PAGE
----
When we're shooting videos, our hands tend to vibrate a little. If the vibration is too much, it'll badly affect the quality of the video footage. There are a few ways to overcome this: If you want to keep a flexible, hand-held range of motion, choose a camera with an image stabilizer and turn it on. We've been able to emulate a smoothly moving camera or even a steadicam, by ever-so-slightly moving the camera while slowly (and occasionally zooming in or out). This is a great way to keep your video footage feeling as dynamic as the performance itself. Another method is to mount your camera on a good tripod stand, with a smooth-operating head, so you can change angles easily without jarring the image. Another way is to brace yourself against something like a wall or on a table, or perhaps stoop down on your knee while filming.

Establish Your Location

Let the audience know where this performance is happening. If the stage is in a beautiful theatre with a large, excited audience, you may want to start shooting with a view of much of this and then do a slow zoom into the performer as she or he comes out on stage. This gives your viewers a real sense of being in the audience and can make the performance look quite grand. Conversely, if the look of the stage leaves much to be desired, use this as an opportunity to have some fun creatively framing out the ugly parts. As long as you keep the performance as your primary focus while giving the viewer a sense of where this is taking place, you should be all kinds of tickety-boo…

Make Your Shots Fluid and Interesting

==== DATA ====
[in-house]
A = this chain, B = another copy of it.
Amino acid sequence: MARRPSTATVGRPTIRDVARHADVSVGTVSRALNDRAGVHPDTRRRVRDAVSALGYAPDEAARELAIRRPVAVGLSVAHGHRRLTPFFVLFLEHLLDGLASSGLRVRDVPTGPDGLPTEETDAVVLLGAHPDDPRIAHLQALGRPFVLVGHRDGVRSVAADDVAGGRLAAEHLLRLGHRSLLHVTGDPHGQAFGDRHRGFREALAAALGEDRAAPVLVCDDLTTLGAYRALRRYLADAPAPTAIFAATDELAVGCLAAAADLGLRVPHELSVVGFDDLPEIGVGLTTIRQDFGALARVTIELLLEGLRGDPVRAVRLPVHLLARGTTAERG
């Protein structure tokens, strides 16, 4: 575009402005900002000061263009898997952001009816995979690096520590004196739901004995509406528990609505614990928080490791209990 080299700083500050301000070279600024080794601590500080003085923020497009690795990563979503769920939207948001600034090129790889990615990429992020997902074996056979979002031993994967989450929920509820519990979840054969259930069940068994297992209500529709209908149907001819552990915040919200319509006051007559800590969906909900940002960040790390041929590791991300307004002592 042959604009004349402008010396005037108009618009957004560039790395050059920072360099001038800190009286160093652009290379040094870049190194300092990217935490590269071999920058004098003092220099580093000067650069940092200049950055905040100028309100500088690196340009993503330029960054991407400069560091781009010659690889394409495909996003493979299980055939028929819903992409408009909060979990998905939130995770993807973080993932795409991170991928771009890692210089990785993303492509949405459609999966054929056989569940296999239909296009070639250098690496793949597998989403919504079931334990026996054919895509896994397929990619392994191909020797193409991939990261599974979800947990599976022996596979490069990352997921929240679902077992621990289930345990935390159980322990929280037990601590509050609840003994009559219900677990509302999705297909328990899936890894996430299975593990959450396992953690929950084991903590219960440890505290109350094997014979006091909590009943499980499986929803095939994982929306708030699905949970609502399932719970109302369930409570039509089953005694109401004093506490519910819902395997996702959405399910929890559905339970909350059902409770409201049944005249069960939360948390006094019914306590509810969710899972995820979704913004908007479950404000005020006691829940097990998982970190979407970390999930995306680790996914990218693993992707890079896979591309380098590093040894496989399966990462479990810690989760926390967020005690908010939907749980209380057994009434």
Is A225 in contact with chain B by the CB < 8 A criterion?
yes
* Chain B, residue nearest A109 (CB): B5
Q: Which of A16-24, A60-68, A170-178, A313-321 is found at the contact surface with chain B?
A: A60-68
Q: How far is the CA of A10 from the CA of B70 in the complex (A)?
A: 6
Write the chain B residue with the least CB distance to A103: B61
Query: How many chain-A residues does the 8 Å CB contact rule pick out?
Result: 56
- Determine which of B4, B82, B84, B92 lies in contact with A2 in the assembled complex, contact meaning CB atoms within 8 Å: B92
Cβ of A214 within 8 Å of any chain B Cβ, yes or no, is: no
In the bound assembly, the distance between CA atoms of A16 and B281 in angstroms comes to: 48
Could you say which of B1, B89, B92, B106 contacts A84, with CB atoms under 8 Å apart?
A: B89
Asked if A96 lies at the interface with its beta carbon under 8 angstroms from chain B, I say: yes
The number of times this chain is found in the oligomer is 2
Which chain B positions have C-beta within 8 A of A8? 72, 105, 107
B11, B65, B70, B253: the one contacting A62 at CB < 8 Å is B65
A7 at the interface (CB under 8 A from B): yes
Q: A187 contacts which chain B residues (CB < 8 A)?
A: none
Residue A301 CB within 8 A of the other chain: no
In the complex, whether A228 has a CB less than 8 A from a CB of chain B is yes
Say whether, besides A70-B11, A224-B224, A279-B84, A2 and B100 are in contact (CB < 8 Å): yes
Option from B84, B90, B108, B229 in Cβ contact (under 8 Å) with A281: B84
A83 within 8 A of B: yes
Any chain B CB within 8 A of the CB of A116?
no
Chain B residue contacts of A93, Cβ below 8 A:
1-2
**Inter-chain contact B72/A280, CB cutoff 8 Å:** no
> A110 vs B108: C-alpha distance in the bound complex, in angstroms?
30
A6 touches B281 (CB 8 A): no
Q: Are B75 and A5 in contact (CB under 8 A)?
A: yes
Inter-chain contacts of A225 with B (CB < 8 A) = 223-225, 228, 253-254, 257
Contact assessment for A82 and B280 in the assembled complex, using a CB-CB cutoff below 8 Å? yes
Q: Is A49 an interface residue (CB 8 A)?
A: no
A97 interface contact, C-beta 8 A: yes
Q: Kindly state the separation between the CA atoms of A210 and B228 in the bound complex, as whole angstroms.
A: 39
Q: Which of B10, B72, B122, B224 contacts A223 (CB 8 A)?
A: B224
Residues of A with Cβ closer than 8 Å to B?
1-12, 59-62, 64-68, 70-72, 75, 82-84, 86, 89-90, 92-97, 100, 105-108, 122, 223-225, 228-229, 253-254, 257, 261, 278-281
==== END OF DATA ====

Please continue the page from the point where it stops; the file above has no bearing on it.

Avoid shooting long, static shots. Instead, utilize camera movement and slow zooms in and out. These help you accentuate various aspects of the performer and the performance, while keeping viewers enthralled with the variety and dynamism you brought to it.

Change Your Perspective

Don't limit your shots to one angle only. Approach your subject from a variety of angles, especially if you're shooting with more than one camera. Your goal should be to make the performer and performance look as good and as professional as possible, so study other performance videos to see what angles work best for the event you're shooting.

Learn from Concert Footage and Movies

You'd be surprised how much you can learn about shooting video from concert footage and movies. Take some time to watch great footage that you'd like to emulate and study what they did with the camera (or cameras) and when they did it (ie: zooming in on a performer to accentuate a dramatic point or pulling away to show a triumphant finish). Consider how the shots were framed and where the camera was placed. You'll learn a lot and maybe even get interested in directing films… about Burlesque…